BW: One summer my neighbor gave me this huge box of Archie comic books, and I read them in the car on some family vacation. I have no idea where he got them, but there were a zillion of the things, so my brother and I sat in the back seat reading one after another until it nearly killed us. We read ten thousand Archie comic books and they were all exactly the same.
RT: And the drawings are so clean.
BW: Yeah, very slick. Even then I thought they were dumb and outdated. It's a bizarre memory. How about underground comix? Did they have any impact on you?
RT: Some. I came late to undergrounds. I had friends who collected them (Henry Allen has Zap #0) but my main exposure was all in histories and anthologies. I liked, revered Crumb, though he is overwhelming, and thought Wonder Warthog was freaking hilarious.
BW: I saw some in college and I liked Wonder Warthog too, but on the whole, the undergrounds didn't make much connection. I preferred sillier, more cartoony stuff, I suppose.
What non-cartoon things made an impression on you as a kid?
RT: My folks liked doing things and making me a part of it. I remember when the Mona Lisa came to town. I was about six. We stood in line for a long time. Red draperies and guards every few feet, and then ventually, there it is. My mom liked it a lot. The whole way, she was telling me what an important painting it was and the story of it. She had a great appreciation for culture. She didn’t have any great understanding of it so much as just liked it, I guess.
BW: Wow, I guess you’re one of the few people who’s ever seen it without a foot of bulletproof glass in front of it.
RT: I think so. You couldn’t get right up to it--there were velvet ropes. But you could breathe the same air. (BW laughs)
BW: I don’t remember much exposure to fine art--just the popular culture of the day. I think of my childhood as the Batman TV show, the Beatles, and the moon landings. Although I do remember in middle school there were a few years when I read all the Doctor Dolittle books. I loved those--the idea of talking to animals. A PETA sensibility ahead of its time. It probably had some subliminal influence on my strip. What aspects of pop culture did you participate in?
RT: Well yes, the moon landings and take-offs. You knew it was important when the teacher pushed the TV into the classroom.
The reclusive creator's artwork from the recently finished three-day collaboration with Stephen Pastis on Pearls Before Swine will sell Aug. 8, 2014 at Heritage Auctions, proceeds to benefit the Michael J. Fox Foundation for Parkinson's Research
DALLAS – The original artwork for the recent three comic strip collaboration between Bill Watterson, the cartooning genius behind the much-loved Calvin and Hobbes comic strip, and Pearls Before Swine cartoonist Stephen Pastis – taking place in a three day run in June 2014 in Pearls – will be sold at Heritage Auctions on Aug. 8, 2014, with proceeds from the sale benefiting The Michael J. Fox Foundation for Parkinson's Research.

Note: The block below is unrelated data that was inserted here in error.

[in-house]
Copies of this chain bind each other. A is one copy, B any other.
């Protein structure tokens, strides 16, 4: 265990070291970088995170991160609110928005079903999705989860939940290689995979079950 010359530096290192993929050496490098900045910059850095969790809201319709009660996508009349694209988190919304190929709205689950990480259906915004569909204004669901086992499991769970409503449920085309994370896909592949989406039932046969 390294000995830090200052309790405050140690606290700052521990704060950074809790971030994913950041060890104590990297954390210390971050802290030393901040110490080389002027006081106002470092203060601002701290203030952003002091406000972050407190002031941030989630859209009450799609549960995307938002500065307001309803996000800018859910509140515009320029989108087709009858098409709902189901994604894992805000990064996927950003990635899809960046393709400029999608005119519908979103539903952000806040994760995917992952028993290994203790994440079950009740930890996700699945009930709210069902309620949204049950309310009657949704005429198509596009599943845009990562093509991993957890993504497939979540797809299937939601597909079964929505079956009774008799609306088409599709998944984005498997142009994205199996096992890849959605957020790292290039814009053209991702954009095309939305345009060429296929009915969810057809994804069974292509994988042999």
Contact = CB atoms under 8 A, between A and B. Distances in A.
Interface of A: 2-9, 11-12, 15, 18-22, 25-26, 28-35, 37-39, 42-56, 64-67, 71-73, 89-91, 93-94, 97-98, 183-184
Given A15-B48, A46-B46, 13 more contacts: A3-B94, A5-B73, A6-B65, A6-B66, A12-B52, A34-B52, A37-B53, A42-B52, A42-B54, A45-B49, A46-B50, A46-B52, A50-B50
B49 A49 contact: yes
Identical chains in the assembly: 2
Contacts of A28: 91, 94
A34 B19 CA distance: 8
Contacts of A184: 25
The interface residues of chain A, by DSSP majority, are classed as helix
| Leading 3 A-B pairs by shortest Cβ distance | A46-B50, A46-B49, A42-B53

"Anytime original Bill Watterson comic art shows up for auction it's a huge deal," said Todd Hignite, Vice President at Heritage Auctions. "His collaboration with Stephan Pastis was an unexpected treat for his millions of fans. Now, thanks to this auction, fans will get to take the original art home while raising money for a great cause."
The collaboration between the two artists came at the suggestion of Watterson and was immediately embraced by an overwhelmed Pastis, who, like some many modern cartoonists, was greatly influenced by Watterson and Calvin and Hobbes. The trajectory of the three strip arc follows Pastis' comic strip alter-ego as he turns the drawing of the comic over to a precocious second-grader named Libby for three days. The results are both wickedly funny and uniquely Watterson, while remaining true to the sharp humor that defines the Pearls Before Swine strip.
At Watterson's request, the artwork is being sold on behalf of Team Cul de Sac, a non-profit charity established by editor/designer Chris Sparks on behalf of Cul de Sac cartoonist Richard Thompson, who is battling Parkinson's Disease – a piece of artwork done by Watterson depicting one of Thompson's Cul de Sac characters sold in 2012 as part of a charity auction to benefit Team Cul de Sac – and the profits from the sale of the original art (Heritage is waiving the seller's fee on the artwork and will also contribute half of the Buyer's Premium) will be donated to the Michael J. Fox Foundation for Parkinson's Research.
Heritage Auctions is the largest auction house founded in the United States and the world's third largest, with annual sales of more than $900million, and 850,000+ online bidder members. For more information about Heritage Auctions, and to join and receive access to a complete record of prices realized, with full-color, enlargeable photos of each lot, please visit HA.com.
Look for the 656-page Complete Cul de Sac (Andrews McMeel Publishing) in May 2014,
reports Reuben Award-winning cartoonist Richard Thompson on his blog. “Annotated, copyedited, collated, and now covered. The only thing left to
be done is the printing and gluing it or sewing or whatever they do to make it
hold together. And, of course, buying
it,” Thompson writes. Now the second big announcement: Thompson will join
cartoonist Bill Watterson (yes, of Calvin & Hobbs fame) for a two-man
exhibit in 2014 at the Billy Ireland Cartoon Library & Museumat
Ohio State University.